Case Study: Savings Engine

Savings Engine app screens

  • client

    Exploratory project (Arkadia Bank)

  • brief

    Create an easy-to-use savings goal experience

  • tools

    Sketch, Illustrator, InVision

Problem Statement

The mass affluent and emerging affluent market segments own 37% of America’s liquid assets but lack consumer confidence.

The financial needs of these valuable market segments are not well served by the financial services industry.

A Savings Check-In

The mass affluent and emerging affluent represent the high end of the mass market with an annual household income over $75,000, coupled with $100,000 to $1,000,000 of liquid financial assets (Schwab, “Courting the Mass Affluent”, Business Week, 2004). In the United States there are roughly 33 million of these mass affluent households, and they own roughly 37% of America’s liquid financial assets. Bank customers within these marketing segments represent a wide variety of backgrounds but are largely characterized as saving more than they spend, with a sharp eye toward investing in their future. The mass affluent also tend to be self-made and risk-averse, with large savings balances without much portfolio diversity. Which contributes to financial anxiety and a lack of consumer confidence.

However, this large market segment is surprisingly underserved by the financial services industry. With above average assets — but well below the top end of earners — their needs for financial guidance and building consumer confidence are not being met. Tasked with delivering solutions that target mass market needs, the Arkadia research team focused on the potential of marketable customer-oriented savings experiences. The team used a multi-phased approach to gather insights and ideas from prospects, customers, and associates across three targeted geographic markets, collecting 15 in-home empathy interviews, 12 prototype-testing interviews, and ideation sessions involving 25 bank associates.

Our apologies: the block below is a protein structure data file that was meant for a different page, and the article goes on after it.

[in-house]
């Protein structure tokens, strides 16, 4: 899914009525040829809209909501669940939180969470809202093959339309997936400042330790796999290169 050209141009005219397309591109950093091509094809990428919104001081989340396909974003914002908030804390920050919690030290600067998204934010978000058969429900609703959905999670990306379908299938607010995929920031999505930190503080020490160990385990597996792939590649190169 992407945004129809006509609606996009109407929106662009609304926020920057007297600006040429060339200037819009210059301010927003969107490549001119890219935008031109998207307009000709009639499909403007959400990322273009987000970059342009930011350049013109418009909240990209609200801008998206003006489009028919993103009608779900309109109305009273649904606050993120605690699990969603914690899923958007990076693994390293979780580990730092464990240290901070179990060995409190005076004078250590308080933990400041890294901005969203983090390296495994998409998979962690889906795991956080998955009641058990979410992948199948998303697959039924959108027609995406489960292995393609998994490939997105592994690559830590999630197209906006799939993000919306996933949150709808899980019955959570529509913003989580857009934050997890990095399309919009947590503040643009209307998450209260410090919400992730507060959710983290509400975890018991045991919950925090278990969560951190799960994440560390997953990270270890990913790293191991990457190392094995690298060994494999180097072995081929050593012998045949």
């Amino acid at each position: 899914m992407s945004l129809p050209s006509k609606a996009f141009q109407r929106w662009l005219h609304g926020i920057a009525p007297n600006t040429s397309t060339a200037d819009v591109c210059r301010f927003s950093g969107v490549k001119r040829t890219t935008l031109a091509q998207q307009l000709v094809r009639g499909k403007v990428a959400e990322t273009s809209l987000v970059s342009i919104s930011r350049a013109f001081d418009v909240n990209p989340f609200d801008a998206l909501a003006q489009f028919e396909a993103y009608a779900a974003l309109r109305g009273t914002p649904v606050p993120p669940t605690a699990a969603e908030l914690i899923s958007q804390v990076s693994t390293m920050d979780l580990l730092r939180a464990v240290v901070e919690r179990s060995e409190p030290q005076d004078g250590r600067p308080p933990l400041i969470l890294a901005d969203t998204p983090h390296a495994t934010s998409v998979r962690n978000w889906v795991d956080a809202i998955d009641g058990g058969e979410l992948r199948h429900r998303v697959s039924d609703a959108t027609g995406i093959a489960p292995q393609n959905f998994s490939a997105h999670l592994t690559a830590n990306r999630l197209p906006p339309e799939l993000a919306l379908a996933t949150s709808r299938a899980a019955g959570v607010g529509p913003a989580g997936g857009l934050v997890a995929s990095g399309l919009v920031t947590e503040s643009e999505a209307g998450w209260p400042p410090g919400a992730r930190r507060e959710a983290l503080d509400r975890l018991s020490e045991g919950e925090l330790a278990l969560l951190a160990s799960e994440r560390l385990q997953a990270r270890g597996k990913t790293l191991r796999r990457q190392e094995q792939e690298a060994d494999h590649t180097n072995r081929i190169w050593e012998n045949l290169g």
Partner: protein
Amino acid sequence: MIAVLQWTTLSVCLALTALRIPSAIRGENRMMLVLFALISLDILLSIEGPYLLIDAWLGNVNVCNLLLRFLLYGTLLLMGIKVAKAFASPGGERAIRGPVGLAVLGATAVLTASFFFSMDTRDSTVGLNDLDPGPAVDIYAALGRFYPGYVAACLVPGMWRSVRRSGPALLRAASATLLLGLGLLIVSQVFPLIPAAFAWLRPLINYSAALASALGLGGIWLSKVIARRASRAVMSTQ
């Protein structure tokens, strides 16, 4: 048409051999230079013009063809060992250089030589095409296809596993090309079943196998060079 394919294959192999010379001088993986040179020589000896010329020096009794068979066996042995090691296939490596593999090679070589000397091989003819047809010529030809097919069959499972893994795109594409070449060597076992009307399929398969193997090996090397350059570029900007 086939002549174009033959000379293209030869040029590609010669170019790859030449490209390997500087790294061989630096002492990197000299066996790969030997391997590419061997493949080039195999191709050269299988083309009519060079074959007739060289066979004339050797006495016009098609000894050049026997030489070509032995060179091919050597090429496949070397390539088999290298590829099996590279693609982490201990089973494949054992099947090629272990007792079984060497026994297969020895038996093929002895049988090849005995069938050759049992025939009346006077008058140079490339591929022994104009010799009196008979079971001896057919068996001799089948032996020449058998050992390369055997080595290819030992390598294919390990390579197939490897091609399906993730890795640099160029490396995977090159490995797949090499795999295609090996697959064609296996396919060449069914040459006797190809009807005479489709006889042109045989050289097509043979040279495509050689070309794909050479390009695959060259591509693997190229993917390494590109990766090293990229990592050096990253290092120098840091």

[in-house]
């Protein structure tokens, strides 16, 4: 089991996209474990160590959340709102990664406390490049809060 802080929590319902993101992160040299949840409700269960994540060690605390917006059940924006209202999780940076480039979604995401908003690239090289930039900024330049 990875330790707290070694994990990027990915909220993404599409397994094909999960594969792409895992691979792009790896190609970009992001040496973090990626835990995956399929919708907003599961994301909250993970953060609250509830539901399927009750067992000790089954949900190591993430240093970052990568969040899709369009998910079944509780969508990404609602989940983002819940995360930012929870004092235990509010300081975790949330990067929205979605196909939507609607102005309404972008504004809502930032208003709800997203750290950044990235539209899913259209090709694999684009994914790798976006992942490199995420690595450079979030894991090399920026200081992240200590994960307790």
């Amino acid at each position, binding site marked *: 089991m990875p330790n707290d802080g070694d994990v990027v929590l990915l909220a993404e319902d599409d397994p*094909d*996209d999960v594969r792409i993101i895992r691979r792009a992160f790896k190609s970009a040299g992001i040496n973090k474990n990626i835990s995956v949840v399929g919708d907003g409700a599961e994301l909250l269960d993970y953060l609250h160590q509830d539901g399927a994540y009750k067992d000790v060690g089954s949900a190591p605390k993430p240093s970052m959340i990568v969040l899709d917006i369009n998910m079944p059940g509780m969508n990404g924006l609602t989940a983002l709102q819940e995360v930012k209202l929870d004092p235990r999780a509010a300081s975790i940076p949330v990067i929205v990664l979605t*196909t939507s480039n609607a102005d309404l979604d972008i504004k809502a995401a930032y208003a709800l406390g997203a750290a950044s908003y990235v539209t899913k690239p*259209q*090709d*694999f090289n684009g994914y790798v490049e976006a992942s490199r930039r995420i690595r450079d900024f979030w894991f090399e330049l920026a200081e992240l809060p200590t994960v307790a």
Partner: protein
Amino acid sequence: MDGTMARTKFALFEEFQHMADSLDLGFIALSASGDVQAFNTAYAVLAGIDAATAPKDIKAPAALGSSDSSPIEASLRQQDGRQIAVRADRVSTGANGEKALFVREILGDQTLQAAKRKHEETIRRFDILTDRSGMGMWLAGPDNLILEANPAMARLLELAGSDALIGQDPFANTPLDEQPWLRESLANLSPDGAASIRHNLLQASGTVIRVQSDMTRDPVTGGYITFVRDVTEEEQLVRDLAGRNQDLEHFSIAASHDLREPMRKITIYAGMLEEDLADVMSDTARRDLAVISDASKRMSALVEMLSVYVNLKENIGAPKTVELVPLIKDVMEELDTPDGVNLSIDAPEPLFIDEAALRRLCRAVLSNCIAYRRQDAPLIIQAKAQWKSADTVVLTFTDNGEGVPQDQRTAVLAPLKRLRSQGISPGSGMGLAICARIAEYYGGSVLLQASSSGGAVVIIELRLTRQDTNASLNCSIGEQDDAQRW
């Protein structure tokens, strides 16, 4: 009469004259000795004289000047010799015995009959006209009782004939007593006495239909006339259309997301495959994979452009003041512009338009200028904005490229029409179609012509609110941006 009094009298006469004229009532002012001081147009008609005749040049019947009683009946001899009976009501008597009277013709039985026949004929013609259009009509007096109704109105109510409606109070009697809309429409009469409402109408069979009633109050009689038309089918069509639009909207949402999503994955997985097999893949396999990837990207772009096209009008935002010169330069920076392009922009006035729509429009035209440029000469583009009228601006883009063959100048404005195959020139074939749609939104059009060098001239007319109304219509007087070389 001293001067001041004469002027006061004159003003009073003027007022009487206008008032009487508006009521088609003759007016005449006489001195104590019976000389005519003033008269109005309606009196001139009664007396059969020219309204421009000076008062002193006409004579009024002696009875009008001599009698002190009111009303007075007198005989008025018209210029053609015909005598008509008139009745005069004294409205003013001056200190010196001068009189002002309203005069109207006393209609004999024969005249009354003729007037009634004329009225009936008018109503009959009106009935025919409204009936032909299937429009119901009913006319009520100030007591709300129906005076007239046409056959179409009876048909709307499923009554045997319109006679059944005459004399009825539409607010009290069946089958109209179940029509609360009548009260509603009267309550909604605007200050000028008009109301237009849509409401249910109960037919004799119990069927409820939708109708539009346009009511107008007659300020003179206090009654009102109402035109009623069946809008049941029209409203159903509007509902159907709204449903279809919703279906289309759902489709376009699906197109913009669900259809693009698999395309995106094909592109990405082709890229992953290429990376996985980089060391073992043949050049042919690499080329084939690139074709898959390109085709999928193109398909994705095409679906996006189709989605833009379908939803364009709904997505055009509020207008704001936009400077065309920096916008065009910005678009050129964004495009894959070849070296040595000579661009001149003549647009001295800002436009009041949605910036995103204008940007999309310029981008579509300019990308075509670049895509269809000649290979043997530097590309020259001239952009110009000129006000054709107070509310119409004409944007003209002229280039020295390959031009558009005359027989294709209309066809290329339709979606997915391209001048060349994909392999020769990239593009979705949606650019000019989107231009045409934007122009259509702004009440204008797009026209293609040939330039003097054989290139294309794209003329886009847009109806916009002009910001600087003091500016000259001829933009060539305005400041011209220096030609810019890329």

As lead UX/UI designer on the project, I was introduced to the product team post-research and pre-synthesis. While not a direct contributor to the project research, I was able to study the research material and artifacts, and then actively participate in the synthesis phase. I successfully lead the team in grouping similar user behaviors in order to create three personas representing three adult life stages with age- and career-appropriate financial needs for the mass affluent and emerging affluent market segments. These composite customers were easier for the team to empathize with and solve for.


Peter Turner, Harry Danielson, and Tracy Fiorentino are composites of financial goals, needs, and interests found in the user research. Building wealth, taking care of children, and saving for a comfortable retirement were common themes.

These three unique personas, each with his/her own goals, current savings behavior, and pain points helped greatly in determining features and functionality of the digital savings experience.

user personas

Focusing the Prototype

The team created and tested a total of fifteen low-fidelity prototype concepts and user-tested each. The concepts that resonated most were savings check-in, savings-to-investment guidance, and family savings plans.

Further refinement and testing of low-to-mid fidelity concepts made us more aware of the need for savings guidance and so we trained our focus on a digital savings experience.

visual design

The final concept of a “savings engine” facilitated customer focus on stated savings goals (emergency fund, retirement, college fund, second home, vacation, etc.).

While project scope didn’t allow for individualized financial guidance, we were able to create a menu from these savings goals with relevant savings ‘rules of thumb’.

Hi-Fidelity Prototype

The final high-fidelity designs leverage the familiar card design pattern with custom iconography for goal selection, creation, and customization. The customer can create goals and set up recurring transfer contributions, allowing for easy visual tracking of goal targets.

Special consideration was given to flexibility, allowing for goal and contribution adjustments, including the ability to pause transfers.